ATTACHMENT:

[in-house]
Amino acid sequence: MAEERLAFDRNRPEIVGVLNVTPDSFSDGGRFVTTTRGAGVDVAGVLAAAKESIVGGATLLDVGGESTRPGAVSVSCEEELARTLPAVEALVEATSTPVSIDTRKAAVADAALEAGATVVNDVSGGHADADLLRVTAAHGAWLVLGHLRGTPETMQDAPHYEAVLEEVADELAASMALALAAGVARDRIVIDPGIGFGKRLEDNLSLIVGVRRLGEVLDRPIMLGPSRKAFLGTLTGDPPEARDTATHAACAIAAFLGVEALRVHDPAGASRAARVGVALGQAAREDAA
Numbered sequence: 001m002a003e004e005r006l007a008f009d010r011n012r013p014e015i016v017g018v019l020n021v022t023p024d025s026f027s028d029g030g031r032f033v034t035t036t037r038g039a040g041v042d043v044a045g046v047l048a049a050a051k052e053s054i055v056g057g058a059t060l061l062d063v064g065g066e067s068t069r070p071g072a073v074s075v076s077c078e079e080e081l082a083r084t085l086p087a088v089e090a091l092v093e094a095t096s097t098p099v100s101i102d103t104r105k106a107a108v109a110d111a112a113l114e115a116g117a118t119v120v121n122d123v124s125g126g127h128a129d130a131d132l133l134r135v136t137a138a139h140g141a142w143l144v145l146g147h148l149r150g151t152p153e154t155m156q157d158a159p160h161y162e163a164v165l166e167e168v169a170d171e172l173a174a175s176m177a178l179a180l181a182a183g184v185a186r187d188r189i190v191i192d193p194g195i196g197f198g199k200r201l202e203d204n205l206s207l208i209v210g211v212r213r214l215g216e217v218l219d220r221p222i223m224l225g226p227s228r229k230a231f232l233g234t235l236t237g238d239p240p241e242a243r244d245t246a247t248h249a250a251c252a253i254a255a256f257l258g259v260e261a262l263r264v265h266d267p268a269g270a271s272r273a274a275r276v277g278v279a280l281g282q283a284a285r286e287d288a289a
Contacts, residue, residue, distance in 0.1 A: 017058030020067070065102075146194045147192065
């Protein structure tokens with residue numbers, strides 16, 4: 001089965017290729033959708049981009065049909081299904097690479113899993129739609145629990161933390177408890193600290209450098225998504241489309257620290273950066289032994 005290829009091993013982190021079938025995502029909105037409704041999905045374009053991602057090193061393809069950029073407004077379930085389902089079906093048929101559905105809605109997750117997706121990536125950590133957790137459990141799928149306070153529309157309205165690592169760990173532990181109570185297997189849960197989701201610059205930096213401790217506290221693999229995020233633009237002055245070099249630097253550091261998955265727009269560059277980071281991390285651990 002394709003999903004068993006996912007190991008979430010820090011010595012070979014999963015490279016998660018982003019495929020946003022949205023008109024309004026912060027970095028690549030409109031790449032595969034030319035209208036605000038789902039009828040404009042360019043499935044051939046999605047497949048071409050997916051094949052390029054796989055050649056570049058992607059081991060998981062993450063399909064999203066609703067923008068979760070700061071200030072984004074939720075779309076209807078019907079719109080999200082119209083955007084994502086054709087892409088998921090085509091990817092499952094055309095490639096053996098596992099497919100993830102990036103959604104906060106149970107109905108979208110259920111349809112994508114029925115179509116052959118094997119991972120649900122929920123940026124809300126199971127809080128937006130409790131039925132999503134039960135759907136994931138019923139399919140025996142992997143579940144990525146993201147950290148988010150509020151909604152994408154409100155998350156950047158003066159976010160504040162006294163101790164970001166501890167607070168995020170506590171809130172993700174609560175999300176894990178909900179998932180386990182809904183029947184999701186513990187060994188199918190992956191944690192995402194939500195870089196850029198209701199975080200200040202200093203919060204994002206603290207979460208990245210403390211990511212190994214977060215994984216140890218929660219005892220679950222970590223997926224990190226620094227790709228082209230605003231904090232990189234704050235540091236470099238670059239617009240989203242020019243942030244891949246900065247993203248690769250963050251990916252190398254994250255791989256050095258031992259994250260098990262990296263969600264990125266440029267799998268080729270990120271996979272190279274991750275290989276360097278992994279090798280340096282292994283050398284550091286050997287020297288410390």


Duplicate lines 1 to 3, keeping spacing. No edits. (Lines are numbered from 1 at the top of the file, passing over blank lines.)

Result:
[in-house]
Amino acid sequence: MAEERLAFDRNRPEIVGVLNVTPDSFSDGGRFVTTTRGAGVDVAGVLAAAKESIVGGATLLDVGGESTRPGAVSVSCEEELARTLPAVEALVEATSTPVSIDTRKAAVADAALEAGATVVNDVSGGHADADLLRVTAAHGAWLVLGHLRGTPETMQDAPHYEAVLEEVADELAASMALALAAGVARDRIVIDPGIGFGKRLEDNLSLIVGVRRLGEVLDRPIMLGPSRKAFLGTLTGDPPEARDTATHAACAIAAFLGVEALRVHDPAGASRAARVGVALGQAAREDAA
Numbered sequence: 001m002a003e004e005r006l007a008f009d010r011n012r013p014e015i016v017g018v019l020n021v022t023p024d025s026f027s028d029g030g031r032f033v034t035t036t037r038g039a040g041v042d043v044a045g046v047l048a049a050a051k052e053s054i055v056g057g058a059t060l061l062d063v064g065g066e067s068t069r070p071g072a073v074s075v076s077c078e079e080e081l082a083r084t085l086p087a088v089e090a091l092v093e094a095t096s097t098p099v100s101i102d103t104r105k106a107a108v109a110d111a112a113l114e115a116g117a118t119v120v121n122d123v124s125g126g127h128a129d130a131d132l133l134r135v136t137a138a139h140g141a142w143l144v145l146g147h148l149r150g151t152p153e154t155m156q157d158a159p160h161y162e163a164v165l166e167e168v169a170d171e172l173a174a175s176m177a178l179a180l181a182a183g184v185a186r187d188r189i190v191i192d193p194g195i196g197f198g199k200r201l202e203d204n205l206s207l208i209v210g211v212r213r214l215g216e217v218l219d220r221p222i223m224l225g226p227s228r229k230a231f232l233g234t235l236t237g238d239p240p241e242a243r244d245t246a247t248h249a250a251c252a253i254a255a256f257l258g259v260e261a262l263r264v265h266d267p268a269g270a271s272r273a274a275r276v277g278v279a280l281g282q283a284a285r286e287d288a289a